Ministerial discretion in the spotlight

Peter Dutton has confirmed he used his ministerial discretion to grant visas to two young tourists who came to Australia to perform baby-sitting duties.

There are questions over Home Affairs Minister Peter Dutton's decision to use his ministerial discretion powers to grant visas to two foreign au pairs.


An au pair is a young person aged under 30 who travels abroad for a temporary period and lives with a host family.

They generally receive free board, meals and pocket money in exchange for childcare and light housework duties.


Immigration minister has powers under migration laws to intervene in visa cases if they think it is in public interest to do so.

The minister decides what is in the public interest.

The minister is not legally bound to intervene or to consider intervening.

Ministerial interventions can be sought to overturn a decision by the Administrative Appeals Tribunal or in asylum seeker cases where a protection visa has been refused or cancelled.

Since 1989 immigration ministers have had the power to exercise personal discretion in visa cases.

The power was aimed being a "safety valve" for difficult cases that were outside the statutory visa criteria.

There has been a rising number of ministerial interventions. Under the Hawke and Keating governments immigration minister Gerry Hand made 81 interventions in two years while his successor Nick Bolkus made 311 in three years. Under the Howard government Philip Ruddock intervened 2513 times between 1996-2003.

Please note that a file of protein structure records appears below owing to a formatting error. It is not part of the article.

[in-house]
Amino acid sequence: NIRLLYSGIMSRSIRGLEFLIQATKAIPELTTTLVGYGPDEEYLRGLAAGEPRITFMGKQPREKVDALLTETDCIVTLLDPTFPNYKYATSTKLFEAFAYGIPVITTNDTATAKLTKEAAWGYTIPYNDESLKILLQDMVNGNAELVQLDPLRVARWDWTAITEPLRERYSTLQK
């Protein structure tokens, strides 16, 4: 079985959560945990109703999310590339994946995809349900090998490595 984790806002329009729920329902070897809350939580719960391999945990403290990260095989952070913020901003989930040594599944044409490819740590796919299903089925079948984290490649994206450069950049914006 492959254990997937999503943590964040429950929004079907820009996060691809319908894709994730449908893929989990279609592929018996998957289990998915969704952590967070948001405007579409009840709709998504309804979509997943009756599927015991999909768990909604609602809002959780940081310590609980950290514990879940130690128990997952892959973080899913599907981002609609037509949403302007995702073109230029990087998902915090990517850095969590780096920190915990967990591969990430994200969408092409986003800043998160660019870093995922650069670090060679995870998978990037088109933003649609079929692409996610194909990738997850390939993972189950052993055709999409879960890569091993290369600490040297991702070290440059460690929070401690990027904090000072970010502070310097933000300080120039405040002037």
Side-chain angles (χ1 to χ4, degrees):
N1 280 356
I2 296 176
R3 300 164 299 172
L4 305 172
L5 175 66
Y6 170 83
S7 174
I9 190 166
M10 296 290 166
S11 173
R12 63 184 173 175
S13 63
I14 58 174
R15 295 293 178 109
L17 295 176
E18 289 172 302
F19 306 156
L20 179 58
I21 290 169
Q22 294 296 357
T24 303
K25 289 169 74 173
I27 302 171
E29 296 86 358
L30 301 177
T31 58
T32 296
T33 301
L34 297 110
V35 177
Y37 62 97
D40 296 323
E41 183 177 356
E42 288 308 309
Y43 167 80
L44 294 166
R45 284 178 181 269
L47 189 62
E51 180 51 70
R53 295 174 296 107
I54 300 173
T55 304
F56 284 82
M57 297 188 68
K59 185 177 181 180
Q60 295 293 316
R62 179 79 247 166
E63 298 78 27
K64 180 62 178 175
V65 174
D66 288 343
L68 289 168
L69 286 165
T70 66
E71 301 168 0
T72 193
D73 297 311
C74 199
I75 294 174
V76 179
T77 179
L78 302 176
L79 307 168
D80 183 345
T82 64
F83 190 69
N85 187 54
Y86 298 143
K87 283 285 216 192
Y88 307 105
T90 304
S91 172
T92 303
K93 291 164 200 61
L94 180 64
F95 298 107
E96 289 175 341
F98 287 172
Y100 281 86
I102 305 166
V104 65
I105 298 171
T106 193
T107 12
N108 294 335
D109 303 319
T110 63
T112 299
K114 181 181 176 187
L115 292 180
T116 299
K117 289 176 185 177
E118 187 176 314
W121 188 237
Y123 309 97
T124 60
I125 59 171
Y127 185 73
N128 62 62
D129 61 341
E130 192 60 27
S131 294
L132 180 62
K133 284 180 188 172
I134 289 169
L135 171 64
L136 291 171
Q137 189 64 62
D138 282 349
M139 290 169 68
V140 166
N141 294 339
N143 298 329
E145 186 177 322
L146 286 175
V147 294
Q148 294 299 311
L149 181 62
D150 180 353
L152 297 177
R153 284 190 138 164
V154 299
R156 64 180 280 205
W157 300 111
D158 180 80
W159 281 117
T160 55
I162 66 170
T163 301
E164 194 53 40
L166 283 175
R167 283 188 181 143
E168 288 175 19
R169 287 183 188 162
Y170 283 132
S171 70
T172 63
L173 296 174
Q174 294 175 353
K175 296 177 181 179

In 2006-2007 the immigration department received 4000 requests for ministerial intervention.

Peter Dutton has intervened more than 450 times since he became minister at the end of 2014.


- His family does not employ an au pair and never has.

- Each year he makes hundreds of ministerial discretion decisions under the Migration Act.

- Cases are often brought to him by members of parliament of all political persuasions.

- He looks at individual circumstances around each matter.

- In two matters, young tourists came in on tourist visas but declared to airport officials they "intended to perform baby-sitting duties whilst they were here".

- A decision was taken by airport officials to cancel the tourist visas, detain the women and deport them.

- The minister, who says he did not personally know the women, granted the tourist visas based on their commitment not to work.

- The women did not overstay, and returned home.


The Senate instigated an inquiry into ministerial discretion in June 2003 after allegations were raised about the Howard Government's then-Immigration Minister Philip Ruddock's use of the power in four cases from 1998 onwards. Mr Ruddock was under fire over "cash-for-visa" allegations. There were claims visas had been granted through ministerial intervention to people who had made donations of up to $100,000 to the Liberal party or their associates.The inquiry was unable to get to the bottom of the saga because it was not given access to case files.

There were also reports Ruddock's successor Amanda Vanstone intervened to grant a suspected mafia figure a visa in 2005 after his relatives made donations to the Liberal Party.


In 2008, Rudd government immigration minister Chris Evans ordered an independent review into the ministerial discretion because he believed it gave him too much power and lacked transparency and accountability.

Evans adopted several recommendations aimed at restoring integrity and transparency.

Published 26 March 2018 at 5:14pm
Source: AAP